We’re not too concerned with where the X-Meridian is made, but the card’s PCI interface is a little irksome. As PC enthusiasts, we’d far rather see the card riding a PCI Express interface, if only to give us something to put in our motherboard’s PCIe x1 slots. However, we understand that Auzentech is trying to appeal to the largest possible market, and PCIe doesn’t have anywhere near the installed base of PCI.
Even with its dated PCI interface, the X-Meridian still looks slick. The card is dotted with flashy, money-green capacitors that provide a little visual flair. Despite their appearance, these aren’t solid-state capacitors, but more common electrolytic caps.
Amidst the sea of capacitors, we catch a glimpse of the card’s array of AKM DACs. There are four identical DACs, one for each of the card’s analog front, center/sub, rear surround, and side surround outputs. Incidentally, the DACs have a rated signal-to-noise ratio of 120dB, so Auzentech’s claim that the card’s SNR is better than 115dB doesn’t look overly optimistic. However, the card’s AKM AK5385AVF analog-to-digital converter only boasts a SNR of 114dB. The chip does support 24-bit/192kHz recording, though.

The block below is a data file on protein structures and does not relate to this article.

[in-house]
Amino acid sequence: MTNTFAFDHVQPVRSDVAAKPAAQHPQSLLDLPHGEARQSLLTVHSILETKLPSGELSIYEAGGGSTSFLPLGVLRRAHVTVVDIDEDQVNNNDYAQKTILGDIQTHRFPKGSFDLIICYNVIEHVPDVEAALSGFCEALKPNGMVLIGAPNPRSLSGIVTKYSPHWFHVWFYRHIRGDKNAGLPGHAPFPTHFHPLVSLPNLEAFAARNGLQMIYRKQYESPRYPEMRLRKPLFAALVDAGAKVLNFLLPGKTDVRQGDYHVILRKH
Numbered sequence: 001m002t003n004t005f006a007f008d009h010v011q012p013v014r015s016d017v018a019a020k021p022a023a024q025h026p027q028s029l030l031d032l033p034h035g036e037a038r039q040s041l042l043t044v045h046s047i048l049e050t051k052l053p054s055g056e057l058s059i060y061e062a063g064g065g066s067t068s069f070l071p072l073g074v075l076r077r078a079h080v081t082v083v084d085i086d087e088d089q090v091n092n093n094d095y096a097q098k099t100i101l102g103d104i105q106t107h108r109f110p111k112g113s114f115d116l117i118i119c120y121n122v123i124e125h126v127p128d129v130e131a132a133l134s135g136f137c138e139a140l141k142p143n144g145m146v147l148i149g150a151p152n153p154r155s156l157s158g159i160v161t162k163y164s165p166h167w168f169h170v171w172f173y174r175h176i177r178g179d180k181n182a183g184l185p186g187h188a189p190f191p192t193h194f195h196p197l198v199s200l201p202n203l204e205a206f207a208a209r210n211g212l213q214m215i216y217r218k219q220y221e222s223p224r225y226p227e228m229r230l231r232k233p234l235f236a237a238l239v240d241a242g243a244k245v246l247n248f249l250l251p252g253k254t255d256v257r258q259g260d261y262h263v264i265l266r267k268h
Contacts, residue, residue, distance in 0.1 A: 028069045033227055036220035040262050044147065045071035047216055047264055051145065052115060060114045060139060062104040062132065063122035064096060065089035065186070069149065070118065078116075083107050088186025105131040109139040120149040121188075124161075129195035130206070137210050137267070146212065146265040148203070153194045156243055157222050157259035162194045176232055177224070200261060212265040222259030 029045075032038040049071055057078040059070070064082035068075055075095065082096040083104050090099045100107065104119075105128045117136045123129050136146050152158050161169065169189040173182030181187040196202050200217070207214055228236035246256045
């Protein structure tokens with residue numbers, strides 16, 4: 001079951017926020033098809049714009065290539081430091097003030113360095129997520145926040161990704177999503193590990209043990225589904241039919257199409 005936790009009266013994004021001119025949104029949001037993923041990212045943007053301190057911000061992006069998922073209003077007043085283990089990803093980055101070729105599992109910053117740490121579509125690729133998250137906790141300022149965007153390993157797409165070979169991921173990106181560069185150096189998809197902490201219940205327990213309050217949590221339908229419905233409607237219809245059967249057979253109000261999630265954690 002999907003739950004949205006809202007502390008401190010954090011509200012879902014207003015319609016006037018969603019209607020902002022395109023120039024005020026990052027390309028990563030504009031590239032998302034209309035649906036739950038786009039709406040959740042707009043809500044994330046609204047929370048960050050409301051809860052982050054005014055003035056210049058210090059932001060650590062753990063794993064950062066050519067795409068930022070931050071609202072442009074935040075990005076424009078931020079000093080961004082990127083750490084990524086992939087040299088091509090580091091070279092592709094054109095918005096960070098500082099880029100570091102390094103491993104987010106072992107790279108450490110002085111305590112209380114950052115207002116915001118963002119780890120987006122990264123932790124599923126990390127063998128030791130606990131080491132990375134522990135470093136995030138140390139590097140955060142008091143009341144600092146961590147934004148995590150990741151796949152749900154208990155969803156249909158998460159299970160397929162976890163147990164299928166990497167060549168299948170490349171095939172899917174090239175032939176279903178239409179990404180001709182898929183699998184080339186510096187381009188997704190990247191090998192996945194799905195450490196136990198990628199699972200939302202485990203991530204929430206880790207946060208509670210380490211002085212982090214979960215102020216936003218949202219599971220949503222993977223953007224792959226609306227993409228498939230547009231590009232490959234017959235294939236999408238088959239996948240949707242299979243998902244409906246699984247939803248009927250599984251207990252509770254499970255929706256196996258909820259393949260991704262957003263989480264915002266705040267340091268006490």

For most sound cards, the DAC is the last stop before audio streams hit an output port. However, the X-Meridian adds an extra step to the equation, passing output signals through operational amplifiers, or OPAMPs for short. AUK Semiconductor S4580P OPAMPs are tied to each of the card’s analog output channels, and thanks to standard DIP-type packaging, you can swap these chips out for alternatives of your own choosing. Only particularly finicky audiophiles may actually end up taking advantage of this capability, but it’s still nice to know the flexibility is there if you get the urge to tinker.
Moving to the card’s outputs, we’re greeted by plenty of bling and a relatively standard array of ports. S/PDIF comes in two flavors; the card itself is equipped with coaxial input and output ports, but Auzentech also slides in a pair of TOS-Link adapters, so you get the best of both worlds right in the box.